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Ross Scaife
Taking Postclassical Latin Online

by Jeff Worley & Robin Roenker

Scholars who focus on postclassical Latin—a term used broadly to describe Latin works written after 200 A.D. or so—face a daunting obstacle: reference works relating to this period are rare and hard to come by.

Photo of Ross Scaife (left) and Andrew GollanMost Latin grammars and dictionaries focus on classical Latin, such as that found in ancient works by Vergil and Livy. Standard Latin reference works tend to exclude Latin definitions, syntax and usages from medieval and Renaissance literature, while the few reference books that do include postclassical Latin are available only at the most well-stocked academic libraries.

Hoping to remedy this problem of limited access are Ross Scaife, a professor of classics, and Andrew Gollan, a research assistant funded by the Center for Computational Sciences. Scaife and Gollan plan to develop an online compendium of postclassical lexicographic resources for Latin that will compile and make available the current body of reference works related to this period, as well as allow scholars to draw upon their own expertise in expanding and enriching the content of the site.

"As Latin continued to be used for another 2,000 years after the classical period, new words continued to creep in, old words evolved new meanings, and sometimes there were modifications to standard syntactical issues," says Scaife. "Right now, it’s quite difficult to cope with issues like that if you're a scholar who doesn’t do this sort of work a lot. There's no obvious way to resolve issues of meaning."

To address that dilemma, Scaife's proposed online resource will give scholars a one-source site where they can trace the evolution of a Latin word's changing nuances over time, by geography, by genre or by author. They will be able to compare citations for a given term from all the available reference works and then follow links to the original Latin source texts themselves online. Scholars will eventually even be able to add their own definitions for terms or word usages they uncover that have not yet been documented in the existing reference works.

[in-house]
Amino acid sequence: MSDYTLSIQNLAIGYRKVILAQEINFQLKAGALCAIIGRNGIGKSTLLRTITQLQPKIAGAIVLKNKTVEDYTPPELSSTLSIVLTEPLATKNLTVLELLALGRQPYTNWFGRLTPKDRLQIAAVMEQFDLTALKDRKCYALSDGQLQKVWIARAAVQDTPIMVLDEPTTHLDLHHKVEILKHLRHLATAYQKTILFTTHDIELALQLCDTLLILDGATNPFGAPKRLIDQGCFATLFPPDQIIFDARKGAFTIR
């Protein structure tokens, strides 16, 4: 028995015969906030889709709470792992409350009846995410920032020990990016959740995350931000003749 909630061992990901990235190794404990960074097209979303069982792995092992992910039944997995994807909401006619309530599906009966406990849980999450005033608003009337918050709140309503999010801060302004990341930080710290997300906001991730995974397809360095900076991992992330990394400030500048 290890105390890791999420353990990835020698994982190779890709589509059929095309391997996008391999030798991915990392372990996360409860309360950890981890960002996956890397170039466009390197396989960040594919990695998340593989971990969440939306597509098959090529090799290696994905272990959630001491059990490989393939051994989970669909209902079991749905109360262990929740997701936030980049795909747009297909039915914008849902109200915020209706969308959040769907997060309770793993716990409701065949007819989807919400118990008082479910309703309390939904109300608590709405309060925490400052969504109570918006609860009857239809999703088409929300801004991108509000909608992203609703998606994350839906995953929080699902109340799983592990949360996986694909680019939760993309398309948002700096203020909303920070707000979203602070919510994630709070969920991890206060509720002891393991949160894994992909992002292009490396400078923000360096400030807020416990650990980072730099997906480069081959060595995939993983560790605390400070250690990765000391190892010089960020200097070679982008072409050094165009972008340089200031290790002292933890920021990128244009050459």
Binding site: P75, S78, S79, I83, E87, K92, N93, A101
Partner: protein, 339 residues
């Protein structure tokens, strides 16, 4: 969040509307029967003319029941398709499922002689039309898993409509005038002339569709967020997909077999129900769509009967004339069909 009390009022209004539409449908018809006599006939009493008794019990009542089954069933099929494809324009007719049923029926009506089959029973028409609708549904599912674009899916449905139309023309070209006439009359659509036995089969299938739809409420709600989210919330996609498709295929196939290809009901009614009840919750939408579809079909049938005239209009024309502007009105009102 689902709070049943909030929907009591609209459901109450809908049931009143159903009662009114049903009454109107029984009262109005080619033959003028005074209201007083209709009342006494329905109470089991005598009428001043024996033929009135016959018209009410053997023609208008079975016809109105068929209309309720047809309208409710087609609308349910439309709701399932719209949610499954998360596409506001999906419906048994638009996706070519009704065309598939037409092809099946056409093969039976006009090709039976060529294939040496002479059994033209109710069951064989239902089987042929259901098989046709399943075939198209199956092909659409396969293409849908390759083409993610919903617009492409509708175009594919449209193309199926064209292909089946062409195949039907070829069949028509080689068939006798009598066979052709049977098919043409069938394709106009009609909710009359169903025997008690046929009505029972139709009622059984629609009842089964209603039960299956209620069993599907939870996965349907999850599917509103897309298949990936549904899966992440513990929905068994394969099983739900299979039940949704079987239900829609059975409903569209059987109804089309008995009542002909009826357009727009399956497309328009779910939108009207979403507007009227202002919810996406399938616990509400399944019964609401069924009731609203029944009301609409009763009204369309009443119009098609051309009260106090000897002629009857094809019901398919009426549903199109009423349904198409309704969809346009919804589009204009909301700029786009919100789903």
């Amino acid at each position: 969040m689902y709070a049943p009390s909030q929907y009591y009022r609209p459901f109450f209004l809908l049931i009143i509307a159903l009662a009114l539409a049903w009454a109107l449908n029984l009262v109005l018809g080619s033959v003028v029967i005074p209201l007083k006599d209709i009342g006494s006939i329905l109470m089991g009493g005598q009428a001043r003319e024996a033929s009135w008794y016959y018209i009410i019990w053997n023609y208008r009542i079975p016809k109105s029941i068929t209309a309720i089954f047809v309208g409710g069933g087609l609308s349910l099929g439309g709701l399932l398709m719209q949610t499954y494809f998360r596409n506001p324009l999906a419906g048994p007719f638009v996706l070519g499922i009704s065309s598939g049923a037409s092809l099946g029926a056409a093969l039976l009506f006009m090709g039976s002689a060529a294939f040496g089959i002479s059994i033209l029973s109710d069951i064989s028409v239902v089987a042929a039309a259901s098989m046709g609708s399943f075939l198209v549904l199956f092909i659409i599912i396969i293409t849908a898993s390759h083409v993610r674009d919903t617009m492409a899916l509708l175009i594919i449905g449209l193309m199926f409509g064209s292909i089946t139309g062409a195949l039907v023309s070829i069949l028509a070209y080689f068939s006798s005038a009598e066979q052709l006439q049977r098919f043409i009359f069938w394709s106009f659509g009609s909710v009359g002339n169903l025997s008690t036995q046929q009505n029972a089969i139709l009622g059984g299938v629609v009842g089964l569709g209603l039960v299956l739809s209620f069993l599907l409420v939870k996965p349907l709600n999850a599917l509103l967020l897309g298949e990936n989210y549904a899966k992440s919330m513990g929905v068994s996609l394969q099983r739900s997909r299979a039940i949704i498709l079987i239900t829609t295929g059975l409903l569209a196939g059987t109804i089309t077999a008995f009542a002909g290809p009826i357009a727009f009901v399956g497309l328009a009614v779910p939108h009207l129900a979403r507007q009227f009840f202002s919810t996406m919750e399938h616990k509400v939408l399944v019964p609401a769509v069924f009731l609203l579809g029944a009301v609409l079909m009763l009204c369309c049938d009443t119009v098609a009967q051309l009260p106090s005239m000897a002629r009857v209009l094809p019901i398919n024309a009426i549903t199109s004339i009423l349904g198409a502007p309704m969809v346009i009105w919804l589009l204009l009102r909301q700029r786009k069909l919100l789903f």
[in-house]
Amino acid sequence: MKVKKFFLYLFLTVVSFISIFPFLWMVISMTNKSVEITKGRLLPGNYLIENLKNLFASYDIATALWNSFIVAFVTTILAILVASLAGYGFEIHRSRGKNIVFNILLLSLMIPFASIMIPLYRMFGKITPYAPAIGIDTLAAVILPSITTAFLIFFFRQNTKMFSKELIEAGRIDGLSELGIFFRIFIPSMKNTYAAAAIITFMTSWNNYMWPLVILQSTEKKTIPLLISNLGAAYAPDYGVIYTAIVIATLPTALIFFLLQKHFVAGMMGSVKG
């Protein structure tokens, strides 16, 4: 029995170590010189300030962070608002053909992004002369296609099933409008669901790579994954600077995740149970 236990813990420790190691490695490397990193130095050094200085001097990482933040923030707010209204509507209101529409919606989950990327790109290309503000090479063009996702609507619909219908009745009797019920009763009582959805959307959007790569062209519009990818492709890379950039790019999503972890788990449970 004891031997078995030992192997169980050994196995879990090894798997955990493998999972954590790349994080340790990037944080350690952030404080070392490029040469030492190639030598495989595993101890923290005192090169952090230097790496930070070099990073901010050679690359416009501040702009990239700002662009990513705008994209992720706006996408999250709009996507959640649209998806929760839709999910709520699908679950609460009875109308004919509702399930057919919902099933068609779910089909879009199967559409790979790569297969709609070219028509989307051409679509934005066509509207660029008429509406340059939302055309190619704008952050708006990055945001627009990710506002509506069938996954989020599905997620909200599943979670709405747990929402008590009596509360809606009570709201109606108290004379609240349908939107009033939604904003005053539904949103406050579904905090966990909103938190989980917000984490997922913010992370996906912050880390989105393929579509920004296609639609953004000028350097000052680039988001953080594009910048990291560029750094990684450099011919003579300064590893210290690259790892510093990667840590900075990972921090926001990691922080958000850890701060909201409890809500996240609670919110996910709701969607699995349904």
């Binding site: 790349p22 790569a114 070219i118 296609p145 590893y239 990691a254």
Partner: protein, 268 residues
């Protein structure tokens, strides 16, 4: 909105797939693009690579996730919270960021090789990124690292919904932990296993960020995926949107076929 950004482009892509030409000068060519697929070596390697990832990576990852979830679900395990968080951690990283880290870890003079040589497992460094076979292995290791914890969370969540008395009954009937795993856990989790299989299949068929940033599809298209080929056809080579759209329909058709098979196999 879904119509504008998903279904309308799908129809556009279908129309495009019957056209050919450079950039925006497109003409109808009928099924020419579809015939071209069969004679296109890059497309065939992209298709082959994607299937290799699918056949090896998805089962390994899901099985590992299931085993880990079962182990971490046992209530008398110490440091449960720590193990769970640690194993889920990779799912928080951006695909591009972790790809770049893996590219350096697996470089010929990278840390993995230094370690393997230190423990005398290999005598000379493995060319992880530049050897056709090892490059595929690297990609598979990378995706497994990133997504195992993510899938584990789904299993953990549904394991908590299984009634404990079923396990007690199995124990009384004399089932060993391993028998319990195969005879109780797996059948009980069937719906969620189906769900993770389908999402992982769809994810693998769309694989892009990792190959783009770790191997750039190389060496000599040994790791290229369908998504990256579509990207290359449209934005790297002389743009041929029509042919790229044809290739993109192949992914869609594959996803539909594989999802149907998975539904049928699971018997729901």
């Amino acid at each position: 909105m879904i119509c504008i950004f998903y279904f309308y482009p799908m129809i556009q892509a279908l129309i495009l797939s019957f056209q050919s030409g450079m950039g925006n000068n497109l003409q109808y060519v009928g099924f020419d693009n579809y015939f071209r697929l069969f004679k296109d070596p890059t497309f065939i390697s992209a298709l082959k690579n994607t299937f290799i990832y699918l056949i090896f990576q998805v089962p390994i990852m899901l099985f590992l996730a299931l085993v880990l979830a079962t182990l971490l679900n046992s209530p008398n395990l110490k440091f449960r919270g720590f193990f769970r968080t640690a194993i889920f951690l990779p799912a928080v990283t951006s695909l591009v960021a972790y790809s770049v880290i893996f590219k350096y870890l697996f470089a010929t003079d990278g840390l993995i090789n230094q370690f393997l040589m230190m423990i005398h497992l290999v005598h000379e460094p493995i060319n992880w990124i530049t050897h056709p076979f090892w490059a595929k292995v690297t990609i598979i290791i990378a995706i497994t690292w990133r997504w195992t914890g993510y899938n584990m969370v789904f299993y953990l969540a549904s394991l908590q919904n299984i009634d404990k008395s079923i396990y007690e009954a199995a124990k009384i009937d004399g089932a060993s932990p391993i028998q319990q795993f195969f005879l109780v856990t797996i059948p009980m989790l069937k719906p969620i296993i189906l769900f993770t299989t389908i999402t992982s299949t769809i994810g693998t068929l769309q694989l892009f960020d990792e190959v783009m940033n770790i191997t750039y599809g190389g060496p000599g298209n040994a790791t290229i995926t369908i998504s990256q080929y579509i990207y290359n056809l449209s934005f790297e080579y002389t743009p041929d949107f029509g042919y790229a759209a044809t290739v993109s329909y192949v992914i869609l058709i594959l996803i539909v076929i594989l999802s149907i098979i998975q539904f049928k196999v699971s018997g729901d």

While the initial steps of developing the project—making existing postclassical reference works available online through PDF images and digitized text—are straightforward, the latter stages of the project, including developing highly specialized searching capabilities and establishing comprehensive and sophisticated links between resource works and source texts, will be much more computationally complex and require interdisciplinary support. Scaife and his team of collaborators will eventually tackle the challenging task of encoding and merging the texts via computational linguistics techniques so that the texts can be easily searched and manipulated by readers.

Scaife is perhaps most excited about the project's long-term collaborative potential, as scholars contribute their own content to the site. "We want to build into the system a way of drawing on the distributed intelligence of worldwide scholars so that we get a kind of self-perpetuating and self-improving network of material," Scaife says. "That's the cool part. In a way, the network is the project."

About Ross Scaife

Ross Scaife is widely known for his work on a number of electronic publication projects, including Diotima: Materials for the Study of Women and Gender in the Ancient World, the Suda On Line—an online Byzantine Lexicography, and The Stoa: A Consortium for Electronic Publication in the Humanities, an organization he founded. He came to UK in 1991 after receiving his Ph.D. from the University of Texas.

Scaife Research Team

Jennifer Nelson, Andrew Gollan and William du Cassé, UK graduate students in classics